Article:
The Kohistan Island Arc in Pakistan was formed from more than one source of magma and in multiple stages
During the past ∼500 million years, the accretion of island arcs has been the main process of the growth of continental crust, but only two examples worldwide are known to have been preserved on continents, complete with the arcs' roots. New geochemical analyses for one of them — the Kohistan Arc in Pakistan — reveal a multi-stage process for arc evolution and more than one source of magma, suggesting that island arc formation is more complicated than previously thought.
Bruno Dhuime from the University of Montpellier and colleagues1 obtained detailed data on the mineralogy and elemental and isotopic composition of rocks from the Jijal complex at the base of the Kohistan Arc, which formed when the ancient Neo-Tethyan ocean plate slid beneath the oceanic part of the Karakorum plate. The isotopic compositions of the ultramafic (very magnesium-rich) and mafic (moderately magnesium-rich) rock units — which would have been relatively similar had the complex formed from a single parent magma — were actually found to be distinct. The data suggest that the two units were formed by different processes and at different times.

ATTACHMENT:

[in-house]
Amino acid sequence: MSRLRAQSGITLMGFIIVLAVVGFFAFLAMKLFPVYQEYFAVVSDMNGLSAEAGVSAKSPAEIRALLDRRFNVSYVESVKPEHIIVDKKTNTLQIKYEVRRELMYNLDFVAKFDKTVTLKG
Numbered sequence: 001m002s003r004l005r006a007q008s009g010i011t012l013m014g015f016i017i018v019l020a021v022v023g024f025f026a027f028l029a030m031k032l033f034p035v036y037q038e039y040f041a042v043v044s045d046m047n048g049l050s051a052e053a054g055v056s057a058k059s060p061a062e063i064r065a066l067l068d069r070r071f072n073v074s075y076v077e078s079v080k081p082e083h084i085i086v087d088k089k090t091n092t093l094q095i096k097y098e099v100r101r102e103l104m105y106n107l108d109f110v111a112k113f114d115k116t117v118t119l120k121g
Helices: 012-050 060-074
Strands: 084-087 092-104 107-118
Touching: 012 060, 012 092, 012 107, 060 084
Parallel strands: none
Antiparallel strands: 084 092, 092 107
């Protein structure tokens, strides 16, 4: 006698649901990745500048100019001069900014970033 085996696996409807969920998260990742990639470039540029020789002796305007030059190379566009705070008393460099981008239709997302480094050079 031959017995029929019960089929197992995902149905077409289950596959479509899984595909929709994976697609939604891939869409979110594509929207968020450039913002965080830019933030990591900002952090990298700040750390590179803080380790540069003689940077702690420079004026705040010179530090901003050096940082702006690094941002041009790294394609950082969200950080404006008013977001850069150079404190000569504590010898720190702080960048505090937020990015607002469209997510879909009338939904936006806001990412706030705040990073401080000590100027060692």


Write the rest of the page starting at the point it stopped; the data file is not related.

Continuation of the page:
The root of the Kohistan Arc thus records a complex history of arc formation, with compositionally and mineralogically distinct rocks forming at specific periods through the arc's evolution.
Dhuime, B. et al. Multistage evolution of the Jijal ultramafic-mafic complex (Kohistan, N Pakistan): Implications for building the roots of island arcs. Earth Planet. Sci. Lett. 261, 179–200 (2007).